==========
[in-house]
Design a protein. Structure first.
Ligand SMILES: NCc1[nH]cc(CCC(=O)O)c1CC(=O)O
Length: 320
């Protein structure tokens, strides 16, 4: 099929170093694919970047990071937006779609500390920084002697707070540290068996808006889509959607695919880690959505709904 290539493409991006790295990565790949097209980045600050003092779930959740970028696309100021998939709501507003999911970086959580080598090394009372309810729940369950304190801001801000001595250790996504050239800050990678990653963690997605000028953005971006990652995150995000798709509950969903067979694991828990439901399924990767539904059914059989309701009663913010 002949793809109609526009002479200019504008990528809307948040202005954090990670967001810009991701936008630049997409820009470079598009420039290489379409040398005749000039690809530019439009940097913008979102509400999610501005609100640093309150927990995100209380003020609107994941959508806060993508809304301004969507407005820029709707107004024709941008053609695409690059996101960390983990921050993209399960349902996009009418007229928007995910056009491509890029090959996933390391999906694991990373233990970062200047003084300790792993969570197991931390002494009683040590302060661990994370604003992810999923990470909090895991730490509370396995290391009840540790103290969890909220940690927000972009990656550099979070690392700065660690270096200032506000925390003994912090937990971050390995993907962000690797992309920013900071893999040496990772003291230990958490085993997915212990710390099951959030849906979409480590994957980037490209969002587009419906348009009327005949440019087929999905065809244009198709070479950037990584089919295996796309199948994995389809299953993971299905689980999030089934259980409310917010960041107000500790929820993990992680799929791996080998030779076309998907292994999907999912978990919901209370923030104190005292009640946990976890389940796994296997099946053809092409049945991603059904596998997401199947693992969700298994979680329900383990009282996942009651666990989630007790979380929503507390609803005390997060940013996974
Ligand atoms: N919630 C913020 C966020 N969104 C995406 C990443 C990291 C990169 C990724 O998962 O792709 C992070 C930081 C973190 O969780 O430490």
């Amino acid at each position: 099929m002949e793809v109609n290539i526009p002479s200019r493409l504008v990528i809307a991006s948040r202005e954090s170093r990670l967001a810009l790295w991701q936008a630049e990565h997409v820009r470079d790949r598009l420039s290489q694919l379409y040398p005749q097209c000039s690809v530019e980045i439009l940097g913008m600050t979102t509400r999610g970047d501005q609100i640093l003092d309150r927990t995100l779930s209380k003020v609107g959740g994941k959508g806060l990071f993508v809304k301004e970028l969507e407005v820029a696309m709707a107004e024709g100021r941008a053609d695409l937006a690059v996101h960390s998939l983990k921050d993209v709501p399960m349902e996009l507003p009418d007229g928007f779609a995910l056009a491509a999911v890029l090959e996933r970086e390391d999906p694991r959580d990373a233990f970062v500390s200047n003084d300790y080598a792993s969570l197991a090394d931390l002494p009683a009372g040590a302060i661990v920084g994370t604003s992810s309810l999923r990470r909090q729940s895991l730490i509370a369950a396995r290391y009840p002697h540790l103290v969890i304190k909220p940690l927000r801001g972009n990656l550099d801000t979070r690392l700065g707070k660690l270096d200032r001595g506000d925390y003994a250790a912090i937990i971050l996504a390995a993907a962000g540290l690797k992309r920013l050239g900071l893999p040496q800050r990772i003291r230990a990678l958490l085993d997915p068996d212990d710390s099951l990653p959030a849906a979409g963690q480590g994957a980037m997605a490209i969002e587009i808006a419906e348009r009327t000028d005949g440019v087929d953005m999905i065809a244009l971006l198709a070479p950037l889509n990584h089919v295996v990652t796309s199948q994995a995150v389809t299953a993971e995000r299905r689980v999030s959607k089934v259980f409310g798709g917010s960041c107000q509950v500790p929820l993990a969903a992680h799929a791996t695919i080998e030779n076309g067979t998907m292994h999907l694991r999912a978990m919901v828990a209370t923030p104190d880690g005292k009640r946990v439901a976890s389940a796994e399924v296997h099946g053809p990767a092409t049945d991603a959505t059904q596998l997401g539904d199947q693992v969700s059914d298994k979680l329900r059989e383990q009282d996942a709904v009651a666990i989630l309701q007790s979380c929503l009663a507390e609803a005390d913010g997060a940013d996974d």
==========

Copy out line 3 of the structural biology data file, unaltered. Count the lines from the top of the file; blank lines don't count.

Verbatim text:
Ligand SMILES: NCc1[nH]cc(CCC(=O)O)c1CC(=O)O